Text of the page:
CENATIEMPO: Well, you're right in the sense that, yeah, we should expect our leaders to lead but again, having said that, in a representative democracy, can we really expect our politicians to be any better than the rest of us? Because you are supposed to be of the rest of us, so to speak.
FITZGIBBON: Well, you know, if we're not prepared to set a higher standard, then we shouldn't be there, quite frankly. I think that's the bottom line.
CENATIEMPO: My concern here is that this is going to be very difficult to address. Now there was 28 recommendations, and the Prime Minister has indicated that the government's happy to adopt all of those. But I think it might have been you that said to me that effectively parliament is 200-odd small businesses operating in a house. It's very hard to... and by its very nature it has to be that doesn't it? Each MP's office has to be somewhat independent.
FITZGIBBON: Yeah, and MPs and Senators have to have control over their own staff. That's very obvious to me. So, some of these ideas are a little bit crazy. And you know, reducing alcohol consumption in the building sounds like a great idea too. But as we know, in some of the more high-profile cases, the alcohol can be consumed outside the building, and people return to the building. So, I'm not sure that's a solution either. I think that the report should sufficiently embarrass MPs collectively, even though obviously, not all MPs are involved or guilty of any harassment. It should cause us all to self-regulate and to lift our game.
CENATIEMPO: There's a couple of things, I've heard some people suggest that we need to look at the sitting hours and create a more normal sort of working environment in Parliament House, make it a nine to five kind of operation so people can go home to their families and the like. But having said that, speaking to a number of your colleagues yesterday, it was a common theme, saying that we don't know where people find time to misbehave.
FITZGIBBON: Yeah, that is a very good point, too. But we can't go home to our families because our family are hundreds of kilometers away. But I do agree that, you know, if the parliament knocked off at five o'clock, we'll all get out of the building, and we wouldn't therefore be drinking in the building. I don't think there would be too many MPs drinking before 5pm. At least, I hope that's not the case. So, dispersing us in that way would be a good idea. You know, Keating introduced much better family sort of oriented hours. But when John Howard came in, I think wanting to demonstrate that his government was going to be hard working, he took it back to 11 o'clock, we were sitting until 11 o'clock Monday and Tuesday nights when I first arrived. That was a disaster, people were sort of partying, I mean, you can't, it's pretty hard to work after 9pm. That was a bad decision. Now we don't sit any later than 8 o'clock, that's Monday and Tuesday nights. But, you know, even that's probably a bit late. I mean, in the parliament at the moment, Stephen, the reality is, we're not doing anything. This government doesn't have a legislative agenda. We're lawmakers, we're there to pass bills but we're not doing much. I mean, he's got two important bills at the moment, the integrity commission and religious freedoms and he's parked them both because he doesn't have the numbers to get them through the Senate.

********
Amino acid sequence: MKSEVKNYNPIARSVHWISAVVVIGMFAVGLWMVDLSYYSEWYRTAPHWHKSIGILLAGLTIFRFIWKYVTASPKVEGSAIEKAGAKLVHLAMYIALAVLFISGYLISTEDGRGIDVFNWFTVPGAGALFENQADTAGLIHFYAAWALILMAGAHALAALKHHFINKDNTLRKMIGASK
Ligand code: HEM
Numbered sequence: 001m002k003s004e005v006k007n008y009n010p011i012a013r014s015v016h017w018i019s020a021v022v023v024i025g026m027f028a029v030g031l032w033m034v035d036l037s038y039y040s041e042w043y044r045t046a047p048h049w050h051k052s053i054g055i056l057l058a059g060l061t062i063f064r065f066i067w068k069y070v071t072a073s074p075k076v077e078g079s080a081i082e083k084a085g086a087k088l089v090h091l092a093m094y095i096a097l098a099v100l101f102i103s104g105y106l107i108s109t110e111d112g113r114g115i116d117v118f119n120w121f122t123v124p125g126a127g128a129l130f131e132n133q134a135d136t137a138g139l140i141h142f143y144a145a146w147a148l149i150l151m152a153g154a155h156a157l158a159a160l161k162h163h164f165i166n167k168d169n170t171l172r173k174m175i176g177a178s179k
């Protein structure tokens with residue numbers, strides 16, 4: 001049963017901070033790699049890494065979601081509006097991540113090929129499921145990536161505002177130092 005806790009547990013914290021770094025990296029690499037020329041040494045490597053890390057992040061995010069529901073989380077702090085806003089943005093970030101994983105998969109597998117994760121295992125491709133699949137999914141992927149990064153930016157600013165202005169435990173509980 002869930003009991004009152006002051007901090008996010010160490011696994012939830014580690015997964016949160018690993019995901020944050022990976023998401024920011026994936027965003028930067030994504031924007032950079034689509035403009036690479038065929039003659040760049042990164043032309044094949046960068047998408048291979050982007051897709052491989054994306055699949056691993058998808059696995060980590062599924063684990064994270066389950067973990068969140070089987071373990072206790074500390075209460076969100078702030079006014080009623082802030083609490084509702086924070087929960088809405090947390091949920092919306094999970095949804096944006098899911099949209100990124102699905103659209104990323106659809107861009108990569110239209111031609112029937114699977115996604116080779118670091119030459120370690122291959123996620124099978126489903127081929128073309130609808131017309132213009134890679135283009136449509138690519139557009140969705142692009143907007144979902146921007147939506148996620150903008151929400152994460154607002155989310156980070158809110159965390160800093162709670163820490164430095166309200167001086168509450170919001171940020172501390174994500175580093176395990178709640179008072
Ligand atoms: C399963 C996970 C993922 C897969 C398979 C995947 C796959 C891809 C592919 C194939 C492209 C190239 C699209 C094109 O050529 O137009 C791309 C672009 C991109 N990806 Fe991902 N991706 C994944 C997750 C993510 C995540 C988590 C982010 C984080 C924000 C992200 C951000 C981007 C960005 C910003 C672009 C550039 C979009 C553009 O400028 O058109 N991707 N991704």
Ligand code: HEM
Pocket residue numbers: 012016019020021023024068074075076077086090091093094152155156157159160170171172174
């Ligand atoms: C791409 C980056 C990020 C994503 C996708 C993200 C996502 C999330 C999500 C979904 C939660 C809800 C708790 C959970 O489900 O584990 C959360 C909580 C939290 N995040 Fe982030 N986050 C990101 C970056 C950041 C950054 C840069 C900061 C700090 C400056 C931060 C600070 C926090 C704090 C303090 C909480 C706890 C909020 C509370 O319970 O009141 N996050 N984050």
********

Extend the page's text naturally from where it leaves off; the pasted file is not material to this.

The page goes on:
CENATIEMPO: Yeah, which is an even broader problem with the body politic in Australia I think that we could talk about for hours. Joel, good to talk to you. We'll catch up again next week.
FITZGIBBON: Good on you, Stephen.
CENATIEMPO: Joel Fitzgibbon, the Member for Hunter.